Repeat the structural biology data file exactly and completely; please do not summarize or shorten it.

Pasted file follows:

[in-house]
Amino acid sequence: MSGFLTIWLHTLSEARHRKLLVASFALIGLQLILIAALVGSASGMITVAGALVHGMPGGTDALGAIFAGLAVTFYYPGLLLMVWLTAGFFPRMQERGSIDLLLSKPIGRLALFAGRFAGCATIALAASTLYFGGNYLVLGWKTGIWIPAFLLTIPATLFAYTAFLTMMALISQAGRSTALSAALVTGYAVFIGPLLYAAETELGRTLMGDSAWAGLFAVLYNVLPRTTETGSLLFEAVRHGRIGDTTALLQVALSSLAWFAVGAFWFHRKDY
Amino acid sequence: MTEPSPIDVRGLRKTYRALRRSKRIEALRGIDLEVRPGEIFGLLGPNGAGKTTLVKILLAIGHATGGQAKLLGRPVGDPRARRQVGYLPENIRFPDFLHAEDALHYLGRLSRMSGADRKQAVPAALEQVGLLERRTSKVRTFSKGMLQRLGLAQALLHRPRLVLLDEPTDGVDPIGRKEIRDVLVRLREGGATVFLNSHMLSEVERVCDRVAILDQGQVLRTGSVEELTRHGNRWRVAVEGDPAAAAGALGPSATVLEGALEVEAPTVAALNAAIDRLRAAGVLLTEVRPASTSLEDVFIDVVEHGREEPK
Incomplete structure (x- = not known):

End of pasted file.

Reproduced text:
[in-house]
Amino acid sequence: MSGFLTIWLHTLSEARHRKLLVASFALIGLQLILIAALVGSASGMITVAGALVHGMPGGTDALGAIFAGLAVTFYYPGLLLMVWLTAGFFPRMQERGSIDLLLSKPIGRLALFAGRFAGCATIALAASTLYFGGNYLVLGWKTGIWIPAFLLTIPATLFAYTAFLTMMALISQAGRSTALSAALVTGYAVFIGPLLYAAETELGRTLMGDSAWAGLFAVLYNVLPRTTETGSLLFEAVRHGRIGDTTALLQVALSSLAWFAVGAFWFHRKDY
Amino acid sequence: MTEPSPIDVRGLRKTYRALRRSKRIEALRGIDLEVRPGEIFGLLGPNGAGKTTLVKILLAIGHATGGQAKLLGRPVGDPRARRQVGYLPENIRFPDFLHAEDALHYLGRLSRMSGADRKQAVPAALEQVGLLERRTSKVRTFSKGMLQRLGLAQALLHRPRLVLLDEPTDGVDPIGRKEIRDVLVRLREGGATVFLNSHMLSEVERVCDRVAILDQGQVLRTGSVEELTRHGNRWRVAVEGDPAAAAGALGPSATVLEGALEVEAPTVAALNAAIDRLRAAGVLLTEVRPASTSLEDVFIDVVEHGREEPK
Incomplete structure (x- = not known):